LG’s display-making arm is said to be gearing up to kick off volume production of foldable displays for future iPhones, said Korean news outlet ETNews. In addition to Apple, LG Display should supply foldable displays to Google and Microsoft in 2018. LG-developed foldable display prototypes were of sufficient quality for the company to secure global manufacturers as its partners.
LG Display, one of the Asian companies that provide screens for Apple products, yesterday announced plans to spend an additional 1.99 trillion won, or about $1.75 billion, on its sixth-generation “P9” flexible OLED (Organic Light-Emitting Diode) production line in Paju. More OLED facilities are coming soon in Paju and Gumi, LG said.
LG Display will jack up investment on next-generation mobile screens based on Organic Light-Emitting Diode (OLED) technology as its top customer Apple Inc. prepares to adopt these ultra-thin, power-saving screens for iPhones “as early as 2017,” Bloomberg reported Wednesday.
Multiple sources have been adamant over the course of past few months that Apple and its Asian suppliers have been making preparations to produce tens of millions of OLED panels for use in future iPhones.
Tuesday, Taiwan-based DigiTimes said, citing a report by Korea-based ET News, that LG Display, the lone supplier of flexible OLED screens for the Apple Watch, has begun ramping up curved OLED production amid rumors of the Apple OLED switch.
A report Wednesday by ET News contends that Apple is “close” to signing a definitive supply agreement with both Samsung Display and LG Display concerning OLED screens for future iPhones.
Although iOS devices have used ubiquitous liquid-crystal display (LCD) panels since their inception, organic light emitting diode (OLED) technology features deeper blacks and requires less power because it doesn’t need a power-hungry backlight module to illuminate the pixels.
LG Display, which supplies Apple with flexible OLED screens for the Apple Watch and LCD panels for other gadgets, is reportedly building a brand new facility that will significantly increase its OLED panel production as the firm looks to meet expected market demand as of 2017 onwards, according to a report from Korea’s Digital Times cited by DigiTimes.
The new plant will cost north of $4 billion to build, with assembly lines expected to start churning out OLED panels for smartphones, tablets and TVs sometime between 2017-2018.
One Apple supplier’s misery is another Apple supplier’s fortune. Two of Apple’s key display suppliers — Sharp and LG Display — are not enjoying quite the same positive effects from working with the Cupertino firm. At one end of the spectrum is LG Display, an exclusive supplier of flexible OLED panels for the Apple Watch.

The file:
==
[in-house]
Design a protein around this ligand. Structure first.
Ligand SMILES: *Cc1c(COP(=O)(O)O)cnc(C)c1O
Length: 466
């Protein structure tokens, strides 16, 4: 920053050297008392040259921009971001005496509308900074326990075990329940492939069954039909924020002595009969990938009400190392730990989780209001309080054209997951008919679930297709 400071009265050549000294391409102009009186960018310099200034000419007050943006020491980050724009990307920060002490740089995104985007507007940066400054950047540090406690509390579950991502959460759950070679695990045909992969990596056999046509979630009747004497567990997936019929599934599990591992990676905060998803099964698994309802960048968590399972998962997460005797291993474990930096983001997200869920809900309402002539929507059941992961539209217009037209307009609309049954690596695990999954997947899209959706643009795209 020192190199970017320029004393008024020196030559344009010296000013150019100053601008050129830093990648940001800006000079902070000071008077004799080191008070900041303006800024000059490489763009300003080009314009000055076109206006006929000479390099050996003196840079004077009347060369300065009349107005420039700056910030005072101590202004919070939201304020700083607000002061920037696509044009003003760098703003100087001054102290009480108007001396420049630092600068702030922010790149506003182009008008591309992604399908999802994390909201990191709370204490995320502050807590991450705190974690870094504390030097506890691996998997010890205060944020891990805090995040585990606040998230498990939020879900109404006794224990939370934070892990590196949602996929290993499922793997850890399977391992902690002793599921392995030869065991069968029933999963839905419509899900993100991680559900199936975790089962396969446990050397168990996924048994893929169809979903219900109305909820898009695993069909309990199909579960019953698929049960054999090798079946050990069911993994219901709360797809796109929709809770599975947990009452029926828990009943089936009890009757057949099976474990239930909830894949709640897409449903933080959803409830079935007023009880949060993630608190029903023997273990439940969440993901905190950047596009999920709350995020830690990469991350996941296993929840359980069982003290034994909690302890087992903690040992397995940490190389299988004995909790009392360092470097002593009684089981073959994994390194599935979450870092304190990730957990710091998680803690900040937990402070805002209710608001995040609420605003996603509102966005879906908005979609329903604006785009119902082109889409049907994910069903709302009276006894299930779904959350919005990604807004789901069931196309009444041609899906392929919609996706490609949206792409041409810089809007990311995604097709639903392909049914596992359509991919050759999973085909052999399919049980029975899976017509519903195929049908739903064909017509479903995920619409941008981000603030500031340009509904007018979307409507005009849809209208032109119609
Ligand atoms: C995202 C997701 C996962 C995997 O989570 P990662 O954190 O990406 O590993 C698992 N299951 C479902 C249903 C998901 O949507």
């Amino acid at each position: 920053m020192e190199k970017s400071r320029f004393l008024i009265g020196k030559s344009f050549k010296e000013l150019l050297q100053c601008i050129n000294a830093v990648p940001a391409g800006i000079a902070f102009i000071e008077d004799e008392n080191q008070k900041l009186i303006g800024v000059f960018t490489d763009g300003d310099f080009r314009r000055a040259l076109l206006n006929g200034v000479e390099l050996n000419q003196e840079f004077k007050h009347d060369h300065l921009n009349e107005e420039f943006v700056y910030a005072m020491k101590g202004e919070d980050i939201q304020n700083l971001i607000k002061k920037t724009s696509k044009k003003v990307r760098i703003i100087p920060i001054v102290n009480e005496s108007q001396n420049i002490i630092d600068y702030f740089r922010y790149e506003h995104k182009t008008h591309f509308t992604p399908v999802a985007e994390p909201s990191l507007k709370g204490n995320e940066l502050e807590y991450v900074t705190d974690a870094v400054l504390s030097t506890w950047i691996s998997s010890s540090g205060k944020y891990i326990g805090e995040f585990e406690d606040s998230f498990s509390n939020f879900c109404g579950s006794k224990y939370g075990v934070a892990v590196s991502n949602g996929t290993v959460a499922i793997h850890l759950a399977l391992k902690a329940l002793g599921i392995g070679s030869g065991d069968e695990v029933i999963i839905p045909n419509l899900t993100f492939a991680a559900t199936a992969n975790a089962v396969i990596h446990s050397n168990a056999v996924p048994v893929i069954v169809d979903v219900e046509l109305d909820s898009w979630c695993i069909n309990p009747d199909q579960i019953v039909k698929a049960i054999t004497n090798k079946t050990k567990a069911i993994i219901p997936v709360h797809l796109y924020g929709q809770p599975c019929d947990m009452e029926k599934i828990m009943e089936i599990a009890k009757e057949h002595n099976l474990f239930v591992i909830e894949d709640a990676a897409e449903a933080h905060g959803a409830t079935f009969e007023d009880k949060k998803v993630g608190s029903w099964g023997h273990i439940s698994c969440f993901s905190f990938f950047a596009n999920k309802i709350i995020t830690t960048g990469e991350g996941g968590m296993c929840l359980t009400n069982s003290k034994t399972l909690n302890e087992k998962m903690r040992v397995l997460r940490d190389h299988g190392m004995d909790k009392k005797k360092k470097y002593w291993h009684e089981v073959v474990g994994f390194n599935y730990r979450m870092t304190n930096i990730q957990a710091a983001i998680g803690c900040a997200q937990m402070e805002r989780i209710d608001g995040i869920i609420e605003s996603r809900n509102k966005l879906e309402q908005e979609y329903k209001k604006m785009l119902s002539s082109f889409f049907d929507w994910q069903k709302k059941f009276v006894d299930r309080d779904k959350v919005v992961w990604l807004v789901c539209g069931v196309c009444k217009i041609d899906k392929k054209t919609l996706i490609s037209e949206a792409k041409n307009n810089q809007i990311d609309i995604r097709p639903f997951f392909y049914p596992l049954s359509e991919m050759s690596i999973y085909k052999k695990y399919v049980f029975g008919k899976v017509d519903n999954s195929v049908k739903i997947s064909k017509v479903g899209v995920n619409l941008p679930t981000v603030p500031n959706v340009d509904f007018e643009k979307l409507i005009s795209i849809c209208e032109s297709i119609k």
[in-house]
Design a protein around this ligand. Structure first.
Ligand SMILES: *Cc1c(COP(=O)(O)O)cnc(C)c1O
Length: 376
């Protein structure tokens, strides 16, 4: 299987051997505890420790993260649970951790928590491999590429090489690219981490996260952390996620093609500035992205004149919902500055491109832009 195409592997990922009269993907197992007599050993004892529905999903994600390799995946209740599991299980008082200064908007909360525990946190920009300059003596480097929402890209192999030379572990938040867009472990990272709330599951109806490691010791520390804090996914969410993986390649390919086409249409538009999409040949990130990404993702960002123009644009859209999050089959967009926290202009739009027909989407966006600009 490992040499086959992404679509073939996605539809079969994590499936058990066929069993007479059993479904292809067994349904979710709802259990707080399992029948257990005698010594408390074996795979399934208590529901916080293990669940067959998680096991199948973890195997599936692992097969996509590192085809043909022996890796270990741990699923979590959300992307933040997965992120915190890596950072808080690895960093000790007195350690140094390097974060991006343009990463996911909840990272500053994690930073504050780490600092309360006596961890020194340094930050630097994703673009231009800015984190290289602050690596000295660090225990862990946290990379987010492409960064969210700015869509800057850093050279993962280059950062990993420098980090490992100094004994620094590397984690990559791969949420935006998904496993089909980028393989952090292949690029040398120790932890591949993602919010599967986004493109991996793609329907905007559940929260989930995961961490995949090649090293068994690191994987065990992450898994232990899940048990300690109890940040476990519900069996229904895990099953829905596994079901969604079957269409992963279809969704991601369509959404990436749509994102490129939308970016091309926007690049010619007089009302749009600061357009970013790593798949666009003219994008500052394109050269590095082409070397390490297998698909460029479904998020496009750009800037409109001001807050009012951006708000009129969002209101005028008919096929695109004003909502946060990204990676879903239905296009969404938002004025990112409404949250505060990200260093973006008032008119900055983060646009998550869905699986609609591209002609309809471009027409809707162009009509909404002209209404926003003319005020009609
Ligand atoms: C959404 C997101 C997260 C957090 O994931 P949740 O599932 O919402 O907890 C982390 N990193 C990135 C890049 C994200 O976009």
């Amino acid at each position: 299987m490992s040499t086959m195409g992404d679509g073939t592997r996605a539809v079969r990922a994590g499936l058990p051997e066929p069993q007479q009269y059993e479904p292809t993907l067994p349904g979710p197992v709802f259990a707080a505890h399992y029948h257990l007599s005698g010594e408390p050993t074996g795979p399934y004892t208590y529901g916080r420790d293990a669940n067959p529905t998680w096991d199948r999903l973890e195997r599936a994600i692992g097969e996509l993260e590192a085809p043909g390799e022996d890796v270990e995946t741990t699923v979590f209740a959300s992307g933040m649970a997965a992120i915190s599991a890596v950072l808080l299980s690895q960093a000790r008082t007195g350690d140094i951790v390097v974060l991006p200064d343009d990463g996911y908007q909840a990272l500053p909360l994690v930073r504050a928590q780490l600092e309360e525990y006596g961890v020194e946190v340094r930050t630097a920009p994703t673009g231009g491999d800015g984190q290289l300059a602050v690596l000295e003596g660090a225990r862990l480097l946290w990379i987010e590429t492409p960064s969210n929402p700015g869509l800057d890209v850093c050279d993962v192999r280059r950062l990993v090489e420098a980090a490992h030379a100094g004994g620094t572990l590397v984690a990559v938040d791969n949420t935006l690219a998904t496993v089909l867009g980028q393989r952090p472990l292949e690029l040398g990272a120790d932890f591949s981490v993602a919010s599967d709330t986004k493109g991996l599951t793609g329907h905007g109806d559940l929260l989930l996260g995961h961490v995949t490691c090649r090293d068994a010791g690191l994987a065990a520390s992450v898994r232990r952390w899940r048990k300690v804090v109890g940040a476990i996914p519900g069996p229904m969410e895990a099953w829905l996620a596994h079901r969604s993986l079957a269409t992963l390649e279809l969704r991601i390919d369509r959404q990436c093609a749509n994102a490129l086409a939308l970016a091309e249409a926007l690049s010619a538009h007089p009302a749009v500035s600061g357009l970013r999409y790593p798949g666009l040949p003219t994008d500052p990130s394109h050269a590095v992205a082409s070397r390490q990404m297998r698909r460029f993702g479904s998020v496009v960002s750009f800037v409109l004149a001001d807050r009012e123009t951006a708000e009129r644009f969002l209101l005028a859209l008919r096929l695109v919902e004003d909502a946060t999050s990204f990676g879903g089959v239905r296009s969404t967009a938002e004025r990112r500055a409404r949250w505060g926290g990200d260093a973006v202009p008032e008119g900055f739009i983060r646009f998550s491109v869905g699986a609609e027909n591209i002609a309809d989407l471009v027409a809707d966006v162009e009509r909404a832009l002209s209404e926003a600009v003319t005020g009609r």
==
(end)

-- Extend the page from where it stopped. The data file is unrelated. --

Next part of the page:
The company now dominates the smartwatch display market with a ninety percent market share thanks to its lucrative contract with Apple, as per Business Korea.
On the other is Japan-based Sharp, one of Apple’s display suppliers that has barely managed to avoid collapse after posting an annual net loss of a whopping $1.9 billion, according to The Financial Times on Thursday.
Boy, is LG Display on a roll today. Not only has the company’s website inadvertently pre-announced a supposedly upcoming iMac refresh featuring an 8K resolution Retina screen, but a well-informed LG Display related official ostensibly said Apple is also “creating iPads with a 12-inch display,” based on a very power-efficient oxide LCD screen technology, Taiwanese publication ETNews reported Monday.
Oxide LCD, also known as IGZO, requires a fraction of power compared to LCD IPS screens on current iPads, while rendering more vibrant colors and deeper blacks with quick response times and high color saturation.
In a somewhat bizarre move, Apple supplier LG Display may have inadvertently leaked Apple’s unannounced iMac whopping an 8K Retina screen, writing on its website last week that, I’m quoting, “Apple has also announced that they will release the ‘iMac 8K’ with a super-high resolution display later this year”.
Apple, of course, has not publicly announced plans for a new iMac update. LG Display is Apple’s important supplier of desktop and mobile screens and the Cupertino company is known to have cut off suppliers who pre-announced its products. Neither LG nor Apple commented on the matter at post time.